There are not many published Doppler radar estimates of latent heat in TCs. Gamache et al. (1993) used the National Oceanic and Atmospheric Administration (NOAA) WP-3D (P-3) tail radars to calculate the water budget of decaying Hurricane Norbert (1984). Although no latent heat estimates were calculated, Gamache et al. (1993) showed 3D distributions of condensed water that were retrieved using the steady-state continuity equation for water. An important result from Gamache et al. (1993) was that azimuthal asymmetries accounted for nearly half the net condensation of the storm. In addition, they noted significant departures from saturation in their full 3D retrievals whereas in the axisymmetric mean, the entire storm was saturated except in the eye. These results, for a decaying storm, indicate that computing the latent heat field within the inner core of TCs is not as simple as taking the product of the upward mass flux and the vertical derivative of the saturation mixing ratio. As part of the present work, the utility of determining saturation in the TC inner core is examined in detail.

In addition to the above observational studies, several investigators have documented considerable sensitivity to numerical model microphysical schemes when simulating TC intensity and structure. McFarquhar et al. (2006) found that choice of microphysics parameterization (including alterations to the basic condensation scheme) led to variations in simulated storm intensity by nearly 10 hPa. Uncertainty in graupel characteristics were found to also produce large changes in storm intensity and are likely one of the culprits behind the consistent and significant over prediction of radar reflectivities when compared to observations (McFarquhar et al. 2006; Rogers et al. 2007).

The goal of the first part of this work is to perform a comprehensive, high-resolution, 4D, airborne Doppler radar retrieval of the latent heat of condensation in a rapidly intensifying TC. New additions to existing retrieval methods will be highlighted including detailed error characteristics. Besides providing insight into the TC intensification problem, the latent heat fields presented in this study may prove useful for the validation of space-based algorithms and provide motivation for future satellite sensors (i.e., Doppler in space).

The paper is organized as follows. In the next section, the Doppler radar platforms and data used for computing the latent heat are described. In section 3, the latent heat retrieval algorithm is presented including enhancements to existing retrieval methods. In section 4, the algorithm is applied to observations of rapidly intensifying Hurricane Guillermo (1997) and uncertainty estimates are computed. Finally, in section 5, a summary of the algorithm, conclusions, and connections to Part II of the work are presented.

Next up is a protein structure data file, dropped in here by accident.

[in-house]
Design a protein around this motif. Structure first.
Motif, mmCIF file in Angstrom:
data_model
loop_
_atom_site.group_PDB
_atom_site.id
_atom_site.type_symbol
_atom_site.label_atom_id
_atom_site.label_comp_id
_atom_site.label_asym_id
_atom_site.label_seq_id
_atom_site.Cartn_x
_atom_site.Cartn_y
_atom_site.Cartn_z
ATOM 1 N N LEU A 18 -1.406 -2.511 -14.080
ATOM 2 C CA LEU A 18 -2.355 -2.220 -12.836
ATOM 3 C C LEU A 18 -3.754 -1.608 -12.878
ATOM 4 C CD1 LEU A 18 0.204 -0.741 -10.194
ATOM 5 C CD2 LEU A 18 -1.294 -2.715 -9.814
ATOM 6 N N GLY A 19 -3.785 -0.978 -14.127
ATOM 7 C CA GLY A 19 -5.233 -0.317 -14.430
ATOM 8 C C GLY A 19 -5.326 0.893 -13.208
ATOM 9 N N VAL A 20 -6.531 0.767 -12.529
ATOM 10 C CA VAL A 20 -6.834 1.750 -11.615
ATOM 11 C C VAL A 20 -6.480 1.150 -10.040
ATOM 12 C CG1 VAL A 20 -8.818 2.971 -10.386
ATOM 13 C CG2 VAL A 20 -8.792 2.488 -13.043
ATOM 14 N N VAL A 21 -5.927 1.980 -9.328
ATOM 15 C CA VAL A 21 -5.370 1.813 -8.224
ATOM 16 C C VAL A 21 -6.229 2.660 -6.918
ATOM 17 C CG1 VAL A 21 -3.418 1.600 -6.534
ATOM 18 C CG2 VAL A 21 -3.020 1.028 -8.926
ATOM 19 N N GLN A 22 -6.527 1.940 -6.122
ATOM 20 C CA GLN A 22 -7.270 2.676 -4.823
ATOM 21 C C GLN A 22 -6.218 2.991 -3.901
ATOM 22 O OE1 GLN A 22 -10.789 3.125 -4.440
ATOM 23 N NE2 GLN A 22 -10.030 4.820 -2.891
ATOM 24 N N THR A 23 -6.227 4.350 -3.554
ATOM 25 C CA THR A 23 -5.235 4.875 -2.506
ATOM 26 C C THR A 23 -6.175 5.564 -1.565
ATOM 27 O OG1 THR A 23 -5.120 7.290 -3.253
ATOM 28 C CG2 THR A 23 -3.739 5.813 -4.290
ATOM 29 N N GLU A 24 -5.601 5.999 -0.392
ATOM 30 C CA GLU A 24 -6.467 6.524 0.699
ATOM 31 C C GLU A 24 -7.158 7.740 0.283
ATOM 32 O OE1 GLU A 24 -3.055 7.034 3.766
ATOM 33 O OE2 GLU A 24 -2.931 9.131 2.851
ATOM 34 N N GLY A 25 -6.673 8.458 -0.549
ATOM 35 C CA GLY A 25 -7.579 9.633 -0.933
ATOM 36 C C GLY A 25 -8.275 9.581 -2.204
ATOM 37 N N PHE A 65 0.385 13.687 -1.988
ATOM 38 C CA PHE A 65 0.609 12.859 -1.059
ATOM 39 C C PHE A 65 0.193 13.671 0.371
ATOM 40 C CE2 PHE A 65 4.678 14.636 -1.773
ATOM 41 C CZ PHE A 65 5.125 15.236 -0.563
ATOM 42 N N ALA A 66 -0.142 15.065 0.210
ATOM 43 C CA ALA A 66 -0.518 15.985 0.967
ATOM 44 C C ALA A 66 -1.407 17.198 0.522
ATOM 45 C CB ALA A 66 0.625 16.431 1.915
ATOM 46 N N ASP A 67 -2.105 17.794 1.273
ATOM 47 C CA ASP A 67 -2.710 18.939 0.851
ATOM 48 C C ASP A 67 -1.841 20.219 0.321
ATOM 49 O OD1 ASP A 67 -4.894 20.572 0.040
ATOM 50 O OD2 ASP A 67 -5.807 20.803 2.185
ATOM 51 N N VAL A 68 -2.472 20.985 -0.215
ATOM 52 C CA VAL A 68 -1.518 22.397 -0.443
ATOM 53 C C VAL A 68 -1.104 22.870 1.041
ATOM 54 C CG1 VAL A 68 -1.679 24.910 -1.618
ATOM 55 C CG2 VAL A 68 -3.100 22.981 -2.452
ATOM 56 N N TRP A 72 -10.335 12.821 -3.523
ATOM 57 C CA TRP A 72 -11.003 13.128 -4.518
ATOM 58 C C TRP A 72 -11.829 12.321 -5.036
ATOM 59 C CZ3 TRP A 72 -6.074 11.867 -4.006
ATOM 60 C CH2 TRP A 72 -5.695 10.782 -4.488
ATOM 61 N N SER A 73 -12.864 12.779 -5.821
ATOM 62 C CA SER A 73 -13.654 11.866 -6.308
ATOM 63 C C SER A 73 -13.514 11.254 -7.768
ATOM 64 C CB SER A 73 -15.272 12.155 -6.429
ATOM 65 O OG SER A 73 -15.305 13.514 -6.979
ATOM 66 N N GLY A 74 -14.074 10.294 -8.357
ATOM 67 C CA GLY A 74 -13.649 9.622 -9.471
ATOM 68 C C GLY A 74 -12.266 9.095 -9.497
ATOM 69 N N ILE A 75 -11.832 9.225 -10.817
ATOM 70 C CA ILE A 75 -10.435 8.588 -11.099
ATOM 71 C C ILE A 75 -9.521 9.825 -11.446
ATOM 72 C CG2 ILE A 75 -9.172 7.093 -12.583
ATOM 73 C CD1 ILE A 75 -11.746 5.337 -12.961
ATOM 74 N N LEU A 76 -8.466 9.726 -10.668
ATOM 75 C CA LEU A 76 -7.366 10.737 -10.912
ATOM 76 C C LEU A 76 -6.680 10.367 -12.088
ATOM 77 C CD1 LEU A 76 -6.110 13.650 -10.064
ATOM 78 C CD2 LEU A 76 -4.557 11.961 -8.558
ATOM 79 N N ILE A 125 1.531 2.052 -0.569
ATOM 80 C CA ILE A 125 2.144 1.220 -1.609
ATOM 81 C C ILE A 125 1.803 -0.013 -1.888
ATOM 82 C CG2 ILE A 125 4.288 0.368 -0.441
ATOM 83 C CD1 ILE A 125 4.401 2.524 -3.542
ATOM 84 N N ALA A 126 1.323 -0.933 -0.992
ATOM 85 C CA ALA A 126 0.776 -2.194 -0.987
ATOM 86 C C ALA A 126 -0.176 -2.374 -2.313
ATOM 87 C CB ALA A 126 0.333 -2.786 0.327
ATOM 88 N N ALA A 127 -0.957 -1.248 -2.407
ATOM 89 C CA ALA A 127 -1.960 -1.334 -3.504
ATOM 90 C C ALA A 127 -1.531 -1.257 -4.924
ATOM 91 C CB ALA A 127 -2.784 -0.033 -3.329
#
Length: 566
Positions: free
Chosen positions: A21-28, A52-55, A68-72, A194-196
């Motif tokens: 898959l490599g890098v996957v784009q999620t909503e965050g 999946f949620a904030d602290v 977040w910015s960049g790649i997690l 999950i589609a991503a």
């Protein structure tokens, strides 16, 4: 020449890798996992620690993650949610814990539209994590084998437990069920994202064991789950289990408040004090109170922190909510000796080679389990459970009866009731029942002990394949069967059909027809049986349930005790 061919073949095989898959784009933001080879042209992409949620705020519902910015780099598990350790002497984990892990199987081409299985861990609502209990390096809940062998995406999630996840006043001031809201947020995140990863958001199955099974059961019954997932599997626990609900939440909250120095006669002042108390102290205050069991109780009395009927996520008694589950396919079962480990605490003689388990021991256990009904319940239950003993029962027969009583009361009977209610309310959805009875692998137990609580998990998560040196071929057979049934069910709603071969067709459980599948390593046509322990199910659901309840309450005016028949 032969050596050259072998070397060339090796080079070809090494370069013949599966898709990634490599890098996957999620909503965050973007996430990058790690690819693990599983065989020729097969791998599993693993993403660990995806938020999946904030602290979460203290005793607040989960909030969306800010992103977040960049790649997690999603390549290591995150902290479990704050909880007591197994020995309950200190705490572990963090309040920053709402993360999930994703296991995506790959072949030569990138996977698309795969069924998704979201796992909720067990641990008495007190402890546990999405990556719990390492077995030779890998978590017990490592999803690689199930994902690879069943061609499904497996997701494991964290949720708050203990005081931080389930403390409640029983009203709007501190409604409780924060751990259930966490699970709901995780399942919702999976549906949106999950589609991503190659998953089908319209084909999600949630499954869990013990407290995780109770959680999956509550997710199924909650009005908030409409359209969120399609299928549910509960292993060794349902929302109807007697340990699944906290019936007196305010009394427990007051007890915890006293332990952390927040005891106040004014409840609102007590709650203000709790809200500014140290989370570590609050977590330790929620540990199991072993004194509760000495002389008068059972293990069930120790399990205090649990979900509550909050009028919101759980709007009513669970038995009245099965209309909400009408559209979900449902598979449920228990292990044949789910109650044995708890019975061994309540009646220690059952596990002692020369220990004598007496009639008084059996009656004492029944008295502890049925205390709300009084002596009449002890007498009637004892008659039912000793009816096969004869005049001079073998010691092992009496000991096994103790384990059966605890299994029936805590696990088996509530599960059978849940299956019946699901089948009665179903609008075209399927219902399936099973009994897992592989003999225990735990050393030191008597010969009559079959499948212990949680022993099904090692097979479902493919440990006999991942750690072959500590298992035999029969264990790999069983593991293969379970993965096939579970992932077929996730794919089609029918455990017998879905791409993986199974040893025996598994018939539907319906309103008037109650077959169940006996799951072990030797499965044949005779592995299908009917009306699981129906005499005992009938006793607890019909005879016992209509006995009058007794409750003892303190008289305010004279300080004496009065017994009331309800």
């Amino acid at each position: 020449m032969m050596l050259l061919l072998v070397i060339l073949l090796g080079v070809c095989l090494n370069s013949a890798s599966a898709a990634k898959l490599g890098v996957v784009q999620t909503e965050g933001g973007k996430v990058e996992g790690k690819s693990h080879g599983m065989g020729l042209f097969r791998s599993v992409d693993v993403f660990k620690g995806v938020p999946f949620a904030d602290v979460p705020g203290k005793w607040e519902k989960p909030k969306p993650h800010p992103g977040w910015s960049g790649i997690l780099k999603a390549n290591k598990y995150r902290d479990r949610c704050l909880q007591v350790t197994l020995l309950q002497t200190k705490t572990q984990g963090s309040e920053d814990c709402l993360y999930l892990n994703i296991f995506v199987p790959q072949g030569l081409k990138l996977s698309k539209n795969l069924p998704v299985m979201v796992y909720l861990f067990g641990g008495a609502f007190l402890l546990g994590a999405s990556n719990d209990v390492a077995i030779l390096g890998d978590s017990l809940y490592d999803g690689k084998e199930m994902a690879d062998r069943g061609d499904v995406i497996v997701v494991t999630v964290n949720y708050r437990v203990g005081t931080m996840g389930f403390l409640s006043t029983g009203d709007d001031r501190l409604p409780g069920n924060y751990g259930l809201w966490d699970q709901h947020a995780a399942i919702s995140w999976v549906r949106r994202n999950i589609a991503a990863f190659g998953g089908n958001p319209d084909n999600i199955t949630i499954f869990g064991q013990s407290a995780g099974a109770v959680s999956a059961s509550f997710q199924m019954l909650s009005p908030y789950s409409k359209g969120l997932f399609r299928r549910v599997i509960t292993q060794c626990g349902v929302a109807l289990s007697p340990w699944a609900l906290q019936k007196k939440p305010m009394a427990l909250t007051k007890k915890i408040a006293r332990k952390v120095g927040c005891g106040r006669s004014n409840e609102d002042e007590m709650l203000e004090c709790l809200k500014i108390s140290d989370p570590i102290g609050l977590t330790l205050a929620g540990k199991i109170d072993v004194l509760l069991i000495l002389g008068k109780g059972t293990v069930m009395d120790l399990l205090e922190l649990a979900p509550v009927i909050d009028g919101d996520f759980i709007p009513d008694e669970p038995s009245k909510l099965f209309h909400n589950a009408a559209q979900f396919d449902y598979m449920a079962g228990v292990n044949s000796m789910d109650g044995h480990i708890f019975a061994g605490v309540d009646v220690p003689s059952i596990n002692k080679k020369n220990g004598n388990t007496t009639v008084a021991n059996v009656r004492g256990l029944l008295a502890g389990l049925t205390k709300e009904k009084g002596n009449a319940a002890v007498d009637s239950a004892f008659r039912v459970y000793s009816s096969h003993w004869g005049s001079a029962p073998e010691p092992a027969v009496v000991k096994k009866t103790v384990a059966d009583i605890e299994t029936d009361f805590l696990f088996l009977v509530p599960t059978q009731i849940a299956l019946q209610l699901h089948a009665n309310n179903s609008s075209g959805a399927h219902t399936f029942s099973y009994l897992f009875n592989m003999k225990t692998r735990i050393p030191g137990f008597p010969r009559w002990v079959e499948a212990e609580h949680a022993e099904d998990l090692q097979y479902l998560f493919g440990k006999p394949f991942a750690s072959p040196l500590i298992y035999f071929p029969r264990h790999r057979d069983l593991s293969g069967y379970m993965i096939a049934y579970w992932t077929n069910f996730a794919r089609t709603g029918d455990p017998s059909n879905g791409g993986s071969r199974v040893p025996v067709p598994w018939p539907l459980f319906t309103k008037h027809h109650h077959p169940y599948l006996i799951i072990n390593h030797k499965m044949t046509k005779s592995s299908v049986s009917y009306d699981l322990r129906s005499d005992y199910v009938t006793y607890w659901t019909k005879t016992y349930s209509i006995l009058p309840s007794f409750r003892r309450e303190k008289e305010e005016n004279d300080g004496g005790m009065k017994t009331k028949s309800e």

## 2. Doppler radar platform and data

The primary remote sensing instrument used in this work is airborne Doppler radar using the NOAA P-3 tail (TA) system. The P-3 TA radar operates at approximately 10 GHz and scans 360° in a plane perpendicular to the flight track. Frequently, the antenna is configured to scan in a cone offset from the track-normal plane alternately fore and aft of the aircraft, called the fore/aft scanning technique (FAST). The aircraft typically flies between 3- and 4-km altitude and does not penetrate convective cores, relying on side-looking views of high reflectivity regions. The along-track sampling of the P-3 TA radar in normal-plane scanning mode and FAST mode is ~0.75 and ~1.5 km, respectively, with 0.15-km gate spacing (Gamache et al. 1995; Black et al. 1996). Taking into account the 1.9° vertical and 1.35° horizontal beamwidths of the TA antennas and the sampling intervals using FAST, grid resolutions from the P-3s range from 1.5–2.0 km in the horizontal to 0.5–1.0 km in the vertical (Reasor et al. 2000, 2009). The main advantage of the P-3 radar sampling is the ability to provide essential information on the three wind components through the use of a retrieval technique (Gamache 1997; Gao et al. 1999; Reasor et al. 2009). However, the relatively coarse resolution of the analyses, the need to solve for the vertical velocity, and contamination of the boundary layer from ocean surface backscatter are the primary drawbacks of the P-3 TA radar. Additionally, the attenuation of the beam at 10 GHz through strong convective cores can be significant.